You always used to hear what the American dream was but is it the same now? The American Dream was always thought that if you work really hard they will be very successful in life. You didn’t start out on the highest paying job or the easiest job for people to live on. But eventually you would get a better job later on and live a better life. By the end of their lifetime you would have plenty of money if you worked really hard throughout your life. You hardly ever had any government assistance. Yet you were still very successful even though you started from absolutely nothing.
Now-a-days it seems like Americans don’t have that dream any more. It seems like they don’t want to start from scratch and …show more content…
They should put it toward teaching people on how to work hard and on how to conquer the old American dream. This would better America in many ways. Many people would actually have to work hard even if its a low paying job because they wouldn’t have the welfare to provide for them. This would cause more people to not need welfare because they would be working hard and earning enough money on their own, without the governments help. They might not be living the greatest life but they would’ve earned everything they had on their own and would be very proud of it. They would eventually be very successful if they worked really hard. For example, thats what the famous rich man Robert Herjavec did to be so successful. His family came over from Yugoslavia with absolutely nothing. He started working as a newspaper deliveryman and a waiter in the early 1990’s. All of these jobs taught him to work hard and how to work with people. He started his technology company which he later sold. At that point he became very successful after all of his hard work throughout his …show more content…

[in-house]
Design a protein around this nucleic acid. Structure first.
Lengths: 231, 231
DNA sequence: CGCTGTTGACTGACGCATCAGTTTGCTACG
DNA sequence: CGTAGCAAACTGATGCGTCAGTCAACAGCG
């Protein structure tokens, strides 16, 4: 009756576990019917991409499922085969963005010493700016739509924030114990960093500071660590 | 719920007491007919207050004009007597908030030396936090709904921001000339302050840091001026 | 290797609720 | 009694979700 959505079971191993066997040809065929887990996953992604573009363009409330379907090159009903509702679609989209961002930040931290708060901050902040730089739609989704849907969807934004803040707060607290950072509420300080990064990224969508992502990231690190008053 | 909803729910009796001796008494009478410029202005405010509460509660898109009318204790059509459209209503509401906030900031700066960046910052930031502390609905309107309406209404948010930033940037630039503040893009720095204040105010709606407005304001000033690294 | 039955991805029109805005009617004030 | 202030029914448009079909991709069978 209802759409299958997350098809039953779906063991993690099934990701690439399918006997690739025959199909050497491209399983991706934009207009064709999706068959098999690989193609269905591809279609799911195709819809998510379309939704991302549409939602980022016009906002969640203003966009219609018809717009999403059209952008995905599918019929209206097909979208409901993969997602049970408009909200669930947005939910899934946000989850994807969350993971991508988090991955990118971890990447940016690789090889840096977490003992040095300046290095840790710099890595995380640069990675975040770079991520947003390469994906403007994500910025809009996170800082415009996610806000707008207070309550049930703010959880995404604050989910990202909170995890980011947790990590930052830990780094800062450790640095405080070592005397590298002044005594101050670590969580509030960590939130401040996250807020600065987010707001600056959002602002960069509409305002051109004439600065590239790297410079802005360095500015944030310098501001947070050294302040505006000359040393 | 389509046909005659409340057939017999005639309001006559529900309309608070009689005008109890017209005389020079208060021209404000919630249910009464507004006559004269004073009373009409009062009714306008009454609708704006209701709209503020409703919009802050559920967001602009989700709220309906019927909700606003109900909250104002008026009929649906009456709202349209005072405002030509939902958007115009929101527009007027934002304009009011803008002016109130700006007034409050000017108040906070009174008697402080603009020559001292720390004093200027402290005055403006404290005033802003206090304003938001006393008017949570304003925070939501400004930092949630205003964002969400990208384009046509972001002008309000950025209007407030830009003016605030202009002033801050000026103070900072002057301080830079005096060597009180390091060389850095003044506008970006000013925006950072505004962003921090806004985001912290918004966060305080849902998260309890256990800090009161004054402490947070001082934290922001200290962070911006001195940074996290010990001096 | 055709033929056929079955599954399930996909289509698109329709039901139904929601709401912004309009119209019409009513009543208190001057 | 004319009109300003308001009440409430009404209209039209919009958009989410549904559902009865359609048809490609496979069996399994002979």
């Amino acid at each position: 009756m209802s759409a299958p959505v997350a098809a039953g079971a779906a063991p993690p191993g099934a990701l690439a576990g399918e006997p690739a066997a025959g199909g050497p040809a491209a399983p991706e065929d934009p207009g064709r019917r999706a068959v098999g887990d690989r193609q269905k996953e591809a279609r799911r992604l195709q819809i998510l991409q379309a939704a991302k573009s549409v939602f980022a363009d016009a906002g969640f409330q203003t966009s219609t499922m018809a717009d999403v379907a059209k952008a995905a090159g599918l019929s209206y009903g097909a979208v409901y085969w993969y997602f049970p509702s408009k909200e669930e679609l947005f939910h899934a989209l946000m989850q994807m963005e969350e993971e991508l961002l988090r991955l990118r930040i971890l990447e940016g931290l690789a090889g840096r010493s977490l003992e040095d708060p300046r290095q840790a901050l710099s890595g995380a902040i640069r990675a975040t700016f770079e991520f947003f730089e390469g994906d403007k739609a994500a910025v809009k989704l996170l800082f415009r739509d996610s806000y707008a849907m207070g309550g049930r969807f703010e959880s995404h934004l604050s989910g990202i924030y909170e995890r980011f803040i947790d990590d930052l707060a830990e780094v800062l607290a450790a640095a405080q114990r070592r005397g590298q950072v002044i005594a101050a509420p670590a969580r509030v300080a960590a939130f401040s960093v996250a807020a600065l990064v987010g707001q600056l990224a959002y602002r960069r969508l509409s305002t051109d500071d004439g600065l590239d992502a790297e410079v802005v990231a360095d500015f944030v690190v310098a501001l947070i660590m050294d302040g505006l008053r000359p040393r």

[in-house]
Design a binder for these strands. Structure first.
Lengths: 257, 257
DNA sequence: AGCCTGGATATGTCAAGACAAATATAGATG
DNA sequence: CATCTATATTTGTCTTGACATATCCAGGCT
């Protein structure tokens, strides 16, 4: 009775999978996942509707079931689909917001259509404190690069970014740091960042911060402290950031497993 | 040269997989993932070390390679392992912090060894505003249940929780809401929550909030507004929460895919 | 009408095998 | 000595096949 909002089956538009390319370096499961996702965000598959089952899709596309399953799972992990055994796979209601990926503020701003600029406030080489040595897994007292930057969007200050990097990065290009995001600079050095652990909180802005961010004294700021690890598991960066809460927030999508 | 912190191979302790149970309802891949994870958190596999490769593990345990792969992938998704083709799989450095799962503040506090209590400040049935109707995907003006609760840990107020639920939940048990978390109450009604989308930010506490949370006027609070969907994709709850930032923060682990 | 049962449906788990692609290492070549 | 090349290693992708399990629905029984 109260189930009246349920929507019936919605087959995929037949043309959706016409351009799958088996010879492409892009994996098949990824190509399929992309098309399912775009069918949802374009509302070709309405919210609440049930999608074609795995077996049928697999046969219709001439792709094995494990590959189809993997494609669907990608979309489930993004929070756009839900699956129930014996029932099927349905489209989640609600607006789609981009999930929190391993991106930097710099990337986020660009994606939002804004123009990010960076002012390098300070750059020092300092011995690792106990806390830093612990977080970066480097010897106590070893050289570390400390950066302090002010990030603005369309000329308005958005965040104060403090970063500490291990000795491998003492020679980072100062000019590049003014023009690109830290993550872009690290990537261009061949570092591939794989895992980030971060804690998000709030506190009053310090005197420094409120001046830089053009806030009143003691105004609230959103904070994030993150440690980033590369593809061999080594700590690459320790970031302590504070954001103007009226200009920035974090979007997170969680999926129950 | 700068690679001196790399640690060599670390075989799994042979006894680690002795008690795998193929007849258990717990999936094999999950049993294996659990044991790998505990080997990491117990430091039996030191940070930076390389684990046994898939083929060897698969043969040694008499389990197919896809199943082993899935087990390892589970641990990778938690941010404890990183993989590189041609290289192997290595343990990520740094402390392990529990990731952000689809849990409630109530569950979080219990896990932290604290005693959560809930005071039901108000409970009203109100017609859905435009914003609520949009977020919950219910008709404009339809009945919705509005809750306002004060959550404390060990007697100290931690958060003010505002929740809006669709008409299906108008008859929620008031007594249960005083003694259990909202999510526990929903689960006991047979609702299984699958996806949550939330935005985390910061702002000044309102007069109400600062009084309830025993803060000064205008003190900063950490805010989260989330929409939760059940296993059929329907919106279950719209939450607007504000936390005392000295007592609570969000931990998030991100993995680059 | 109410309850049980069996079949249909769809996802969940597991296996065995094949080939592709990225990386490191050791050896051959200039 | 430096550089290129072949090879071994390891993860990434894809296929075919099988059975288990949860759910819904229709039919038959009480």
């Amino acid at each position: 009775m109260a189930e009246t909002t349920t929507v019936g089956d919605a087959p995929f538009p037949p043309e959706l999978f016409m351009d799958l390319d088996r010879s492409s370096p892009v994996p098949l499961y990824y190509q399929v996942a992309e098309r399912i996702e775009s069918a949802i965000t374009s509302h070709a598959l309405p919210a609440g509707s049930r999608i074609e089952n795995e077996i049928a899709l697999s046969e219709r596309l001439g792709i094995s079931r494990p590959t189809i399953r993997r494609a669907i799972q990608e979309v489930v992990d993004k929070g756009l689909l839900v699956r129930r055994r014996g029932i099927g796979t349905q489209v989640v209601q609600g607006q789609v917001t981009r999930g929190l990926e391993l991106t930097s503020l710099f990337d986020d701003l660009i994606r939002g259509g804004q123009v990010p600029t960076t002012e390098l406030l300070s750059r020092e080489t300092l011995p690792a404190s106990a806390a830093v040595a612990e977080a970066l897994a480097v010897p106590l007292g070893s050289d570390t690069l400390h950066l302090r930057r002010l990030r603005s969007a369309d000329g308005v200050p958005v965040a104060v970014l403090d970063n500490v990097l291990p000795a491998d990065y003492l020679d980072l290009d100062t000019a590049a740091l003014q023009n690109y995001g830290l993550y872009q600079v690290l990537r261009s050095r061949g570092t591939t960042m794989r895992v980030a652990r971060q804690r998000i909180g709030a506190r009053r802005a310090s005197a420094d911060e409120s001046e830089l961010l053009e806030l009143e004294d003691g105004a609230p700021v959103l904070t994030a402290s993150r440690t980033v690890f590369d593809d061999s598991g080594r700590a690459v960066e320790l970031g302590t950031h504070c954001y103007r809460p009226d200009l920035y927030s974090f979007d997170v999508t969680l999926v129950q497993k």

What they don’t know is that there is a very large demand for Agricultural related jobs. According to the United States Department of Agriculture, “The agricultural, food, and renewable natural resources sectors of the U.S. economy will generate an estimated 54,400 annual openings for individuals with baccalaureate or higher degrees in food, renewable energy, and environmental specialties between 2010 and 2015. Seventy-four percent of the jobs are expected in business and science occupations;15 percent in agriculture and forestry production; and 11 percent in education, communication, and governmental services.
During 2010–15, five percent more college graduates with expertise in agricultural and food systems, renewable energy, and the environment will be needed when compared to 2005-10. More than enough graduates will likely be available during the next couple of years in some occupations, but a shortfall of new graduates with preparation in priority business and science specialties is forecast in the latter half of the period.
Four major factors shape the market for graduates between 2010 and 2015:
Macroeconomic conditions and